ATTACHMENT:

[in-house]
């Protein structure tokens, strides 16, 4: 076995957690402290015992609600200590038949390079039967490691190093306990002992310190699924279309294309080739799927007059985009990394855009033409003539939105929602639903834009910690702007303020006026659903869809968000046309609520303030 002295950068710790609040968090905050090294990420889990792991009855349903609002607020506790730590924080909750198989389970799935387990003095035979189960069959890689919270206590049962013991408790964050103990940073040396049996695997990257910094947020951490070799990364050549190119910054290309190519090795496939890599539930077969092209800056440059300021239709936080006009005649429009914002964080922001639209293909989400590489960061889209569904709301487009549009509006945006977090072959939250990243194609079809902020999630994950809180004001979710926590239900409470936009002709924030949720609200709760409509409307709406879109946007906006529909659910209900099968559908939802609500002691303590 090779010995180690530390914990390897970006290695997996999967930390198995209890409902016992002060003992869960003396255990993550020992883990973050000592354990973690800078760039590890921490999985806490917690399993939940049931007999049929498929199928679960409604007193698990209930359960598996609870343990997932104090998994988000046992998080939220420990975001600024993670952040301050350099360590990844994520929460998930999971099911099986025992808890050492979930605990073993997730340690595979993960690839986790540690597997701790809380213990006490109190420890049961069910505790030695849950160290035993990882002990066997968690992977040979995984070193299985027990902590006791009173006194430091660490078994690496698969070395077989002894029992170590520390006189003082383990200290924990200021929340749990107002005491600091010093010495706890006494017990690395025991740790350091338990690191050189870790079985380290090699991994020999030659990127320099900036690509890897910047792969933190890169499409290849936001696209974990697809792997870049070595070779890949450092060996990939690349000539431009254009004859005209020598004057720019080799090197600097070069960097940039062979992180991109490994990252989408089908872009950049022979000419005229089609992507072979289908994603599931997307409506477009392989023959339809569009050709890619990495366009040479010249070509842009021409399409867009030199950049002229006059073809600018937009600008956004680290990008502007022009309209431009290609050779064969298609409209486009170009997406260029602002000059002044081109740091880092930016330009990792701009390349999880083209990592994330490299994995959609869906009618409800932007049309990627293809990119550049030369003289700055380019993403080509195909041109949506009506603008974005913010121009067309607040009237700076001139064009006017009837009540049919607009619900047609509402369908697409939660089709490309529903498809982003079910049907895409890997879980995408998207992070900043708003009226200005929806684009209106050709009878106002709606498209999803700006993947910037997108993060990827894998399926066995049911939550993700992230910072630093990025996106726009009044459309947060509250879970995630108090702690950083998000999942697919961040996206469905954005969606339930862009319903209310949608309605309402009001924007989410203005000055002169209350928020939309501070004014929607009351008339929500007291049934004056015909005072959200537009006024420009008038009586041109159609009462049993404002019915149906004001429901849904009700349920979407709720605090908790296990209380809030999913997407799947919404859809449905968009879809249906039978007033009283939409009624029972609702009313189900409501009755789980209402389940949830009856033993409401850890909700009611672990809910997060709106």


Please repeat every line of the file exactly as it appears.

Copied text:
[in-house]
């Protein structure tokens, strides 16, 4: 076995957690402290015992609600200590038949390079039967490691190093306990002992310190699924279309294309080739799927007059985009990394855009033409003539939105929602639903834009910690702007303020006026659903869809968000046309609520303030 002295950068710790609040968090905050090294990420889990792991009855349903609002607020506790730590924080909750198989389970799935387990003095035979189960069959890689919270206590049962013991408790964050103990940073040396049996695997990257910094947020951490070799990364050549190119910054290309190519090795496939890599539930077969092209800056440059300021239709936080006009005649429009914002964080922001639209293909989400590489960061889209569904709301487009549009509006945006977090072959939250990243194609079809902020999630994950809180004001979710926590239900409470936009002709924030949720609200709760409509409307709406879109946007906006529909659910209900099968559908939802609500002691303590 090779010995180690530390914990390897970006290695997996999967930390198995209890409902016992002060003992869960003396255990993550020992883990973050000592354990973690800078760039590890921490999985806490917690399993939940049931007999049929498929199928679960409604007193698990209930359960598996609870343990997932104090998994988000046992998080939220420990975001600024993670952040301050350099360590990844994520929460998930999971099911099986025992808890050492979930605990073993997730340690595979993960690839986790540690597997701790809380213990006490109190420890049961069910505790030695849950160290035993990882002990066997968690992977040979995984070193299985027990902590006791009173006194430091660490078994690496698969070395077989002894029992170590520390006189003082383990200290924990200021929340749990107002005491600091010093010495706890006494017990690395025991740790350091338990690191050189870790079985380290090699991994020999030659990127320099900036690509890897910047792969933190890169499409290849936001696209974990697809792997870049070595070779890949450092060996990939690349000539431009254009004859005209020598004057720019080799090197600097070069960097940039062979992180991109490994990252989408089908872009950049022979000419005229089609992507072979289908994603599931997307409506477009392989023959339809569009050709890619990495366009040479010249070509842009021409399409867009030199950049002229006059073809600018937009600008956004680290990008502007022009309209431009290609050779064969298609409209486009170009997406260029602002000059002044081109740091880092930016330009990792701009390349999880083209990592994330490299994995959609869906009618409800932007049309990627293809990119550049030369003289700055380019993403080509195909041109949506009506603008974005913010121009067309607040009237700076001139064009006017009837009540049919607009619900047609509402369908697409939660089709490309529903498809982003079910049907895409890997879980995408998207992070900043708003009226200005929806684009209106050709009878106002709606498209999803700006993947910037997108993060990827894998399926066995049911939550993700992230910072630093990025996106726009009044459309947060509250879970995630108090702690950083998000999942697919961040996206469905954005969606339930862009319903209310949608309605309402009001924007989410203005000055002169209350928020939309501070004014929607009351008339929500007291049934004056015909005072959200537009006024420009008038009586041109159609009462049993404002019915149906004001429901849904009700349920979407709720605090908790296990209380809030999913997407799947919404859809449905968009879809249906039978007033009283939409009624029972609702009313189900409501009755789980209402389940949830009856033993409401850890909700009611672990809910997060709106």